Why Financial Reform Hasn’t Stopped Rogue Traders

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A part of the Dodd-Frank bank reform bill named after former Fed chairman Paul Volcker was supposed to halt rogue traders. It is delayed. (Brian Snyder / Reuters)

After the financial crisis, regulators and politicians said they were going to rewrite the rules to ensure that big banks don’t end up with huge losses that put a country’s and indeed the world’s financial system at risk. Allowing the big banks to make big bets was out. And yet, here we go again. On Friday, U.K. authorities charged Kweku Adoboli with three counts of accounting and financial fraud. He was arrested on Thursday morning, a few hours before Adoboli’s employer UBS revealed to the world what it had learned just a day before – that a rogue trader had cost the Swiss bank $2 billion in losses.

The good news perhaps is that the huge loss – which equals more than 10% of the economy of Ghana, which is where Adoboli’s family is from – is at a Swiss bank. The Swiss economy is relatively strong right now, and its currency, until recently, has been one of the few to continue to appreciate despite the world economic slowdown and European debt crisis. If it had been say Soceite Generale or some other French bank or perhaps a Greece bank that had told the world that it was facing a $2 billion trading loss, world stock markets would not have been up yesterday, or again today. They would have been down big. And we might very well have been on our way to the next full-blown financial crisis.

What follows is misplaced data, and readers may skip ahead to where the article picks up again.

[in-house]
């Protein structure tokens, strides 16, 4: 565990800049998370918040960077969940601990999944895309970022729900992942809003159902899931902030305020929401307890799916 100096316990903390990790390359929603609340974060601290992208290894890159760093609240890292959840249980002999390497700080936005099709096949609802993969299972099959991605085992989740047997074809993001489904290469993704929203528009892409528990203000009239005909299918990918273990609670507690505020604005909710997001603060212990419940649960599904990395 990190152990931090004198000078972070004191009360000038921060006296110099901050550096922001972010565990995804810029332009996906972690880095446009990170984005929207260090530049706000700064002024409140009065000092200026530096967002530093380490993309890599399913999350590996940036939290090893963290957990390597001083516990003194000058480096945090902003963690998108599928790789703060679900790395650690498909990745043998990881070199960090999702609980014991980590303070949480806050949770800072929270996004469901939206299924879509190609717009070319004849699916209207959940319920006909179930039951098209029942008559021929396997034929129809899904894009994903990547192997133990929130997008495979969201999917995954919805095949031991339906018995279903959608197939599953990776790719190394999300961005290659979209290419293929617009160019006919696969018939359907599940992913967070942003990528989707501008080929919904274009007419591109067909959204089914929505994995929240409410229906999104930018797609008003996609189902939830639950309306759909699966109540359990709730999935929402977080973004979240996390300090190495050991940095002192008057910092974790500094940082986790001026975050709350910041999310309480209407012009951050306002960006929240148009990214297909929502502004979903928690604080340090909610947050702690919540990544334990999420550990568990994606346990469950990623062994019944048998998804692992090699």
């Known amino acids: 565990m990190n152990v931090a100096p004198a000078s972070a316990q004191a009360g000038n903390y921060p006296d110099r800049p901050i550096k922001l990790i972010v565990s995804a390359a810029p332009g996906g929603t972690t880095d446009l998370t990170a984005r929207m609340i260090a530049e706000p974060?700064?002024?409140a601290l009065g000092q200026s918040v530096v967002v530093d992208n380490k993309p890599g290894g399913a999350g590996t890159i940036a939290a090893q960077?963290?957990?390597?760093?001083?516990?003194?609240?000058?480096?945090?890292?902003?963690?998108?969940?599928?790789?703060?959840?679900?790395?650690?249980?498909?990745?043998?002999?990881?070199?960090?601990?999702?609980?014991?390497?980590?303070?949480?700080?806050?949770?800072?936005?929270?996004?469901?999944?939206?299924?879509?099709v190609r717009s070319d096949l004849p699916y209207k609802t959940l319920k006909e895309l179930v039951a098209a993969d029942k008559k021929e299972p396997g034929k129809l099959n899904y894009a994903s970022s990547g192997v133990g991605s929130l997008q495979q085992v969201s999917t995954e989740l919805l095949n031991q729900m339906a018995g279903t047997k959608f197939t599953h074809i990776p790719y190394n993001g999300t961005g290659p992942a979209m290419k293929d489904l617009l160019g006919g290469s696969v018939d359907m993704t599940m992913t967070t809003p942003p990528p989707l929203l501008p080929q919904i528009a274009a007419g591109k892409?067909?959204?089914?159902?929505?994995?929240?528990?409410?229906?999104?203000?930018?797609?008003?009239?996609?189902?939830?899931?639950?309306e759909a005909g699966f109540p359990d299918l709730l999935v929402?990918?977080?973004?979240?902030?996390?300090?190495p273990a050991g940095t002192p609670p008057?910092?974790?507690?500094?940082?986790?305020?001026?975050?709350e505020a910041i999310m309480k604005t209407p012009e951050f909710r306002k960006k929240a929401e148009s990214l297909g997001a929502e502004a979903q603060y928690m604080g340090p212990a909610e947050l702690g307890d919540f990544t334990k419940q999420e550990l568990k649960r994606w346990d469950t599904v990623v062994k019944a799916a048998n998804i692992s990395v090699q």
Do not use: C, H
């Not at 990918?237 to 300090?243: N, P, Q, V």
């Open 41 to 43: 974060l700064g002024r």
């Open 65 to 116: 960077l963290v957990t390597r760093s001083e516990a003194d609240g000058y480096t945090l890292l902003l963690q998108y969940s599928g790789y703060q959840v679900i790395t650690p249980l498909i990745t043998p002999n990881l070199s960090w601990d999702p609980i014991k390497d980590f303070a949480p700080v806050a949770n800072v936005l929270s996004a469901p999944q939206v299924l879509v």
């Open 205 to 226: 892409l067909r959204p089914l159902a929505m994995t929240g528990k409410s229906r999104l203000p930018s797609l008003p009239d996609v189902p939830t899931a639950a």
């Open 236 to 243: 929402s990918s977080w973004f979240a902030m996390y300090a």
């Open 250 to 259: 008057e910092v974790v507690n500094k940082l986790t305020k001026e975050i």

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Financial reform was supposed to protect the banks, and more importantly the rest of us, from the downsides of risky trades. But it hasn’t. Clearly, not in Switzerland or the U.K., which is where Adoboli was located, and not in the U.S. Here’s why:

The Dodd-Frank financial reform bill, which was passed by Congress last summer, does contain a provision – called the Volcker rule – that is supposed to limit the size of risky trades a bank can make. But the problem is the rule has yet to be enacted, and it probably won’t be for a while, if ever. Earlier this week, the Wall Street Journal reported that, more than a year after Dodd-Frank passed, regulators had yet to finalize even a draft of the final Volcker rule.

The problem is the banks are still fighting the rule. Last December, Wall Street industry and lobbying group the Securities Industry and Financial Markets Association released a study that concluded that the Volcker rule would both make it more expensive for corporations to borrow and lead to lower returns for investors in the market. It goes without saying, but I will anyway, that another financial crisis would do the same.

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Of course, it’s probably unlikely that we would have a UBS-like loss right now at one of the big U.S. banks. In preparation for the Volcker rule, a number of banks have closed their proprietary trading desks, or significantly reigned in traders. Yesterday, Goldman Sachs said it was closing what was once one of its largest hedge funds. What’s more, it would probably take a lot more than a $2 billion loss to topple a major U.S. bank. Bank of America, which has been having problems recently, for example, has over $70 billion in capital to cover potential losses like these. But banks have to hold more capital on their books these days in order to protect themselves from events like this, which mean less capital toward lending.

Still, as in other reform battles, banks are likely to win back some ground. That probably means the Volcker rule won’t go quite far enough to ban risky trades on Wall Street. And that would be a shame. The Volcker rule was a good idea when it was proposed. And the $2 billion loss at UBS shows again how badly we need it.